Put it this way, Germanshepherdsmum, they certainly wouldn’t have been classed as educationally sub-normal - if that’s still an expression we’re allowed to use.

Normal schools, a handful of GCSEs in the younger one’s case - no idea about the elder (now 90 I think) but I do know that she had a reasonable sort of more glamorous office job before being married - she was incredibly beautiful in her youth.

M0nica Sat 14-May-22 14:59:30

Witzend I had an aunt and uncle like that. One had been a senior civil servant, running a large London Court, the other the Director of a nursing school in London.and they got told in no uncertain terms by most of the family that their complete lack of interest in what happened outside their small community was dangerous and also led them to constantly pontificate ignorantly about things they knew nothing about, based on things their friends, equally ignorant, told them.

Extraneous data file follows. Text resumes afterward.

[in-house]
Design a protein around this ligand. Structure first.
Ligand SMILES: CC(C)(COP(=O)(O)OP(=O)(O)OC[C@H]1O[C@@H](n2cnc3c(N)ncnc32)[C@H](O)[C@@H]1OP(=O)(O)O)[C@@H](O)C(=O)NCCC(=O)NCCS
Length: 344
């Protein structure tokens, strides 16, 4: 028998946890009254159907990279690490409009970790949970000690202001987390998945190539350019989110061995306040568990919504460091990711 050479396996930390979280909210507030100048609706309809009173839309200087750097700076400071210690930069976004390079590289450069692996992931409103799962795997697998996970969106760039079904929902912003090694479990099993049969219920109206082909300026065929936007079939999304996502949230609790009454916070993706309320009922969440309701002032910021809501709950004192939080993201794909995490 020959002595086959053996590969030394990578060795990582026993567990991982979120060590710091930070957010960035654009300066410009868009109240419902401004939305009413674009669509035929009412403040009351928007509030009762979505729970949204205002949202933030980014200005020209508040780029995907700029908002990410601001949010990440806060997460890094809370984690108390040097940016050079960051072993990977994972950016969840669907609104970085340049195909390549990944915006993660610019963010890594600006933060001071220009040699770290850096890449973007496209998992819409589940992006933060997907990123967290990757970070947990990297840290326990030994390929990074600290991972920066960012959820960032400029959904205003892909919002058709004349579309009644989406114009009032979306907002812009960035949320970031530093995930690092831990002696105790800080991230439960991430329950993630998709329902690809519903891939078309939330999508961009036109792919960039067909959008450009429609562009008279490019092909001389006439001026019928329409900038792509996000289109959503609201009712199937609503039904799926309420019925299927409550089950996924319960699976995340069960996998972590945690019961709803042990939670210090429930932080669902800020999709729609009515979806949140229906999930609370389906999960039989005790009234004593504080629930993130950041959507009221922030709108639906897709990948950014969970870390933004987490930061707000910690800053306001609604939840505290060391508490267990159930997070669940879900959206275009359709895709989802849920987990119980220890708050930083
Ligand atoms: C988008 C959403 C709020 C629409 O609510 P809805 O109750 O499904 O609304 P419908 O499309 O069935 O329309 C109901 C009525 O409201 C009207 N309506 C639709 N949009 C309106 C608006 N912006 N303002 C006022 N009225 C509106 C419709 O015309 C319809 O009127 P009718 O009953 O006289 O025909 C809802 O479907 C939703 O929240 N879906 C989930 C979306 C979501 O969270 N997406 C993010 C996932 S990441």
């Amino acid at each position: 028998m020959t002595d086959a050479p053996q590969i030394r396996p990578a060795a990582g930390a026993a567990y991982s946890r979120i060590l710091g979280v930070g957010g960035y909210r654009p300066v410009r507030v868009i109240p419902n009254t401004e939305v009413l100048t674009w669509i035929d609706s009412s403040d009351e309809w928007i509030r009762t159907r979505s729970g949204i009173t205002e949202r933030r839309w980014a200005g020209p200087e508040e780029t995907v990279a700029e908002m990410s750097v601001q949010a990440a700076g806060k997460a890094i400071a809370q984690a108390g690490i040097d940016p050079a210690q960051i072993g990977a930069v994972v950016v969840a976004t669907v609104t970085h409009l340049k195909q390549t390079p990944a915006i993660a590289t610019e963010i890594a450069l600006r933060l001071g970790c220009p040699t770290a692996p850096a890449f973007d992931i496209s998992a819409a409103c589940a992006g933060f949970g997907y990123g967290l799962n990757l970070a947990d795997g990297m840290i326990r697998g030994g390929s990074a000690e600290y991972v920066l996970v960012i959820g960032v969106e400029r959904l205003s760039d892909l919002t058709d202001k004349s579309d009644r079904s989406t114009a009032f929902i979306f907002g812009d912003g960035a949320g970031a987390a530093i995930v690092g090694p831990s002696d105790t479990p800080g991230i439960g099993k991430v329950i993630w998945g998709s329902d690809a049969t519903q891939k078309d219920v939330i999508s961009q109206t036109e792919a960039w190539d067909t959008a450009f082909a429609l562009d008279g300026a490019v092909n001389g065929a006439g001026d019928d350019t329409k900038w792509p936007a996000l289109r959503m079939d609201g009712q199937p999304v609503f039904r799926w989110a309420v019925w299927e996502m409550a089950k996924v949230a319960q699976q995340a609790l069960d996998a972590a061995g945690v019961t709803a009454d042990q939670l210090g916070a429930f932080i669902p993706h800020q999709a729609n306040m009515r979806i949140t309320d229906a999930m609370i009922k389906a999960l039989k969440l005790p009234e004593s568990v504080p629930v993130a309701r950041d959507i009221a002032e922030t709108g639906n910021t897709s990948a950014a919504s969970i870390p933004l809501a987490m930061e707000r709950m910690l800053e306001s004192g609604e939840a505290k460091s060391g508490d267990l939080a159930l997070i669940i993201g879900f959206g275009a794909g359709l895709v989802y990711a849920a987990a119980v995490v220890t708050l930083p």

I was very fond of them, and would have supported them if anything had happened to them, but I would have also told them that they brought the problem upon themselves by not keeping themselves properly informed, if that was indeed the case. There was never any lack of mental capacity in either of them.

Alittlemadam Sat 14-May-22 20:32:49